Nature Notes from the Boat (October 2020)

Cumnor Parish News, October 2020

October is my favourite month on the Thames, especially the days when early morning mists give way to sunshine, and autumnal hues of the riverbank are reflected in the water. October is all about warm colours and cosiness as we finish gathering fuel in preparation for winter and it’s the month we acquire the soft scent of woodsmoke as we light our stove each evening.

We’re not the only ones preparing our home for the months to come. This is also an active time for kingfishers. They start disputing territory in mid-September, but as the leaves start to fall from the waterside trees and bushes it gets easier to spot them. Listen out for the high-pitched cheee cheee cheee call they issue as they whizz past in a flash of cobalt blue and orange.

The willow opposite us is a hotly contested location, with its branches arching over the shallows. Two kingfishers regularly sit within and offer shrit-it-it, shrit-it-it threats to each other, the kingfisher equivalent to “Get off my land!” We’ve never witnessed kingfishers fighting, and for this, I’m thankful. They often fight to the death, and they have such short lives as it is that I don’t think I could bear to watch. Life on the river is filled with jeopardy for these small birds. A cold winter or flooding can affect their survival, but they’re a key indicator species and their presence shows us that the river is in good health.

Kingfishers are just part of a rowdy autumnal morning on the Thames. October is also the time when we see Canada and greylag geese arriving for the winter, bolstering the numbers already here. I know that not everyone likes geese because they’re noisy and messy, but the v-shaped formations and honking as they come in to land on our river basin or the lakes behind us is a quintessential part of the turning of the year. Plus, they make lovely walking companions in winter when there’s no one else around; each goose has a distinct personality and the little inter-gaggle power struggles remind me very much of humans.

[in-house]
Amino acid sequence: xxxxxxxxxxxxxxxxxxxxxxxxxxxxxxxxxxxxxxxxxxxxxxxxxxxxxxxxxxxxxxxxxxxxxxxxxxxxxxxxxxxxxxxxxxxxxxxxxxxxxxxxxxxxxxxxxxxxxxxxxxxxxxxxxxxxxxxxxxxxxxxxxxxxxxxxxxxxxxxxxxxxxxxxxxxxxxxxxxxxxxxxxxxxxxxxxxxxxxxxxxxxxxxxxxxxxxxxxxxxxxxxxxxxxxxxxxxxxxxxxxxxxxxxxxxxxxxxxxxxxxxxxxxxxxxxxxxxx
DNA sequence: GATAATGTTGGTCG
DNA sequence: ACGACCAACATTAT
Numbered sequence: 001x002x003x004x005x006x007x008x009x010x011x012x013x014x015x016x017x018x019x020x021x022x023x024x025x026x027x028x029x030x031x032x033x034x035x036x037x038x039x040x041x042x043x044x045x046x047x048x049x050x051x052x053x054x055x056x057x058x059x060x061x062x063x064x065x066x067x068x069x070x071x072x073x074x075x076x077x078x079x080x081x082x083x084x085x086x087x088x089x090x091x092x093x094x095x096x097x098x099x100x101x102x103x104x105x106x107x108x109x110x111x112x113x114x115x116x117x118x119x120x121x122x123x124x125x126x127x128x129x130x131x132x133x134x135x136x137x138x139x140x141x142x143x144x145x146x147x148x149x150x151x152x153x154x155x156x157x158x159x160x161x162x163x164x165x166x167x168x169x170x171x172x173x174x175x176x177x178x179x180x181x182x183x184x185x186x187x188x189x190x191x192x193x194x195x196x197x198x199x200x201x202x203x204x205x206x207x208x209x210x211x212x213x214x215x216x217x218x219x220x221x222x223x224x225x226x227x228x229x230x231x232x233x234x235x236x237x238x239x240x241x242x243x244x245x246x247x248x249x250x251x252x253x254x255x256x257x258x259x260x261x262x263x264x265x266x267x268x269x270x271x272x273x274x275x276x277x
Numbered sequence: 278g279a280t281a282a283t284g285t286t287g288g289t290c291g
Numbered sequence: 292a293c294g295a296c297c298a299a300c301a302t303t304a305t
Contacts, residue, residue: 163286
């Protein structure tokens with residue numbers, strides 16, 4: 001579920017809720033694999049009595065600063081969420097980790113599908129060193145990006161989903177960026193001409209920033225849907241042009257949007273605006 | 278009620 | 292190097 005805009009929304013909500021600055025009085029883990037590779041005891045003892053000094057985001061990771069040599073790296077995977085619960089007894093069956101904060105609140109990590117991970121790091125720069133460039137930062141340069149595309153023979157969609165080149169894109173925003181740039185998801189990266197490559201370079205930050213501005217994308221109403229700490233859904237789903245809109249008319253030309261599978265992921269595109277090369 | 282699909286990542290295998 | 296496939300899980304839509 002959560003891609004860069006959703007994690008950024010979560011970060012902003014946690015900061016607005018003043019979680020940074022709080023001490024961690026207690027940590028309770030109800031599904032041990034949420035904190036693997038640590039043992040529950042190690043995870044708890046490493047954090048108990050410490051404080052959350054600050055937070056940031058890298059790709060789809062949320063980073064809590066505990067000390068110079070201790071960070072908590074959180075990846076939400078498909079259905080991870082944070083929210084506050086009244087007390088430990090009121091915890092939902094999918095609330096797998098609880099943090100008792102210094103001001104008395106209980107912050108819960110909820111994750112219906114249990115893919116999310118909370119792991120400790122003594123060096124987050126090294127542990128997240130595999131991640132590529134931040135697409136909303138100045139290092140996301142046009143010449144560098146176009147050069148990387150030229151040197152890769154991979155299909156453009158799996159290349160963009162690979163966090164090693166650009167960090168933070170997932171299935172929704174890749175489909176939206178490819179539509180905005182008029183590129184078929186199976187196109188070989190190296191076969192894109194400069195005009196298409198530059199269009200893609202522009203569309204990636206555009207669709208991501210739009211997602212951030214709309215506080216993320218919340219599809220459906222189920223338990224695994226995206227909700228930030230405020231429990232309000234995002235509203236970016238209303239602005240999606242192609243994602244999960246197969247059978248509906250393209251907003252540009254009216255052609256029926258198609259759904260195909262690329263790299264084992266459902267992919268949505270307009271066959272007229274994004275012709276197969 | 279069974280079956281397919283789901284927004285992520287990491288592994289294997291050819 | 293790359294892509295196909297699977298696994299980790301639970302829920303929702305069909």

According to nature historian Stephen Moss in Mrs Moreau’s Warbler, geese migrations played an important part in our prehistoric understanding of our environment, and the greylag goose was one of the earliest bird species we domesticated nearly 5,000 years ago. That’s an awful lot of history we share with geese, and our name for them has altered very little over time. Our lives are entwined with theirs and I look forward to, and welcome their return each year, following the pattern of millennia.

However, if you prefer your geese quieter, look out for Abingdon’s Egyptian geese. There’s a pair that have made the Thames in south Abingdon their home. They arrived a couple of years ago and announced their presence by landing on our roof and nibbling our plants. They’ve stayed in the local area ever since. They’re smaller than greylag and Canada geese, more like over-sized ducks – in fact, they’re related to the shelduck – and they have very distinctive brown “kohl” eyepatches. They’re also pretty good at perching on posts and poles and have been seen sitting on boat rails.

One other bird species plays a special part in our autumn on the Thames, and more often than not they arrive in October. I’ve been keeping a record of tufted ducks’ seasonal return since 2009 and jokingly claim they’re harbingers of winter. They’re not, of course, their migration is determined by the weather in Iceland, Scandinavia and Russia, or wherever they kept their summer. The UK has year-round residents, but their numbers swell in winter and this is the time we start to see them on the Thames or in the old gravel pits nearby. They’re shy birds, but the males are the easiest to distinguish: glossy black heads and bodies with white flanks, golden eyes and a blue beak. The distinctive black ponytailed tuft on the male’s head is where they get their name.

October is a good time for wildlife spotting on the Thames. The summer boating season is coming to a close and as human activity on the river quietens it gives way to our wilder neighbours. So, next time you’re walking beside the river look for the blue flash of a kingfisher or check to see whether the two-tone tufted ducks have arrived. But, most importantly, if you see a gaggle of geese on your wanders, stop to say hello. They like a good natter and have probably come an awful long way to be here. If only we could understand the stories they have to tell!

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